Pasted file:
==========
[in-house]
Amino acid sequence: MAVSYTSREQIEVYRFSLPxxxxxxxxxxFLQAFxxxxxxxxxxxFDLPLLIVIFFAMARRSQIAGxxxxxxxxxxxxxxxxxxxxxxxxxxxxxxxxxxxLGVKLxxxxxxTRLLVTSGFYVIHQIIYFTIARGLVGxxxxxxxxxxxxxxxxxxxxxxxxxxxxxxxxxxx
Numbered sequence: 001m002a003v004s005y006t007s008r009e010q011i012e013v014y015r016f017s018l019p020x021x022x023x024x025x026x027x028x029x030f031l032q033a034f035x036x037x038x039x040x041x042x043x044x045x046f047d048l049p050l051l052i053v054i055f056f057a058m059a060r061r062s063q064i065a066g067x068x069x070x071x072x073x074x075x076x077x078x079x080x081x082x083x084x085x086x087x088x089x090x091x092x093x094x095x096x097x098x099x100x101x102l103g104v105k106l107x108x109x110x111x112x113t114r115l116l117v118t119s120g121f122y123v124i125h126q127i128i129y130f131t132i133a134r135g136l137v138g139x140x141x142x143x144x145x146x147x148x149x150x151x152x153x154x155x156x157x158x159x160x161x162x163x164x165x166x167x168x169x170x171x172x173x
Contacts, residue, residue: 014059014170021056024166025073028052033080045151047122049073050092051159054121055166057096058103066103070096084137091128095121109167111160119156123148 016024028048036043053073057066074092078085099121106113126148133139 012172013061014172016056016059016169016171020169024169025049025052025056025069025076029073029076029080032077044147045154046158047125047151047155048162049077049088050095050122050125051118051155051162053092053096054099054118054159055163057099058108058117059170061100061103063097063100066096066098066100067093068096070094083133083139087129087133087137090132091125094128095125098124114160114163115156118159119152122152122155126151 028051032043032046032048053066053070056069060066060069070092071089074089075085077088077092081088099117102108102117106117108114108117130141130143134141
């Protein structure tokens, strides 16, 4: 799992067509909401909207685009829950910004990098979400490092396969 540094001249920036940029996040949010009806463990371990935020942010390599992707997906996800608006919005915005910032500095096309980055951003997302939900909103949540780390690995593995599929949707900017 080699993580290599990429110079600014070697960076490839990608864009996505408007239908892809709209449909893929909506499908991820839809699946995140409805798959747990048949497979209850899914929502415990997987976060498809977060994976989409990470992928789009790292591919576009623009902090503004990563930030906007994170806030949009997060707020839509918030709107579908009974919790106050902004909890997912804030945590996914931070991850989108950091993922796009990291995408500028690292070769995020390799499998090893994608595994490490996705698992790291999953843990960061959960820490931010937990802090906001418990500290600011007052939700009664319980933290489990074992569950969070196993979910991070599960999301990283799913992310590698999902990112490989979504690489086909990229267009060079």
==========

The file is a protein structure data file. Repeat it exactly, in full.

[in-house]
Amino acid sequence: MAVSYTSREQIEVYRFSLPxxxxxxxxxxFLQAFxxxxxxxxxxxFDLPLLIVIFFAMARRSQIAGxxxxxxxxxxxxxxxxxxxxxxxxxxxxxxxxxxxLGVKLxxxxxxTRLLVTSGFYVIHQIIYFTIARGLVGxxxxxxxxxxxxxxxxxxxxxxxxxxxxxxxxxxx
Numbered sequence: 001m002a003v004s005y006t007s008r009e010q011i012e013v014y015r016f017s018l019p020x021x022x023x024x025x026x027x028x029x030f031l032q033a034f035x036x037x038x039x040x041x042x043x044x045x046f047d048l049p050l051l052i053v054i055f056f057a058m059a060r061r062s063q064i065a066g067x068x069x070x071x072x073x074x075x076x077x078x079x080x081x082x083x084x085x086x087x088x089x090x091x092x093x094x095x096x097x098x099x100x101x102l103g104v105k106l107x108x109x110x111x112x113t114r115l116l117v118t119s120g121f122y123v124i125h126q127i128i129y130f131t132i133a134r135g136l137v138g139x140x141x142x143x144x145x146x147x148x149x150x151x152x153x154x155x156x157x158x159x160x161x162x163x164x165x166x167x168x169x170x171x172x173x
Contacts, residue, residue: 014059014170021056024166025073028052033080045151047122049073050092051159054121055166057096058103066103070096084137091128095121109167111160119156123148 016024028048036043053073057066074092078085099121106113126148133139 012172013061014172016056016059016169016171020169024169025049025052025056025069025076029073029076029080032077044147045154046158047125047151047155048162049077049088050095050122050125051118051155051162053092053096054099054118054159055163057099058108058117059170061100061103063097063100066096066098066100067093068096070094083133083139087129087133087137090132091125094128095125098124114160114163115156118159119152122152122155126151 028051032043032046032048053066053070056069060066060069070092071089074089075085077088077092081088099117102108102117106117108114108117130141130143134141
């Protein structure tokens, strides 16, 4: 799992067509909401909207685009829950910004990098979400490092396969 540094001249920036940029996040949010009806463990371990935020942010390599992707997906996800608006919005915005910032500095096309980055951003997302939900909103949540780390690995593995599929949707900017 080699993580290599990429110079600014070697960076490839990608864009996505408007239908892809709209449909893929909506499908991820839809699946995140409805798959747990048949497979209850899914929502415990997987976060498809977060994976989409990470992928789009790292591919576009623009902090503004990563930030906007994170806030949009997060707020839509918030709107579908009974919790106050902004909890997912804030945590996914931070991850989108950091993922796009990291995408500028690292070769995020390799499998090893994608595994490490996705698992790291999953843990960061959960820490931010937990802090906001418990500290600011007052939700009664319980933290489990074992569950969070196993979910991070599960999301990283799913992310590698999902990112490989979504690489086909990229267009060079």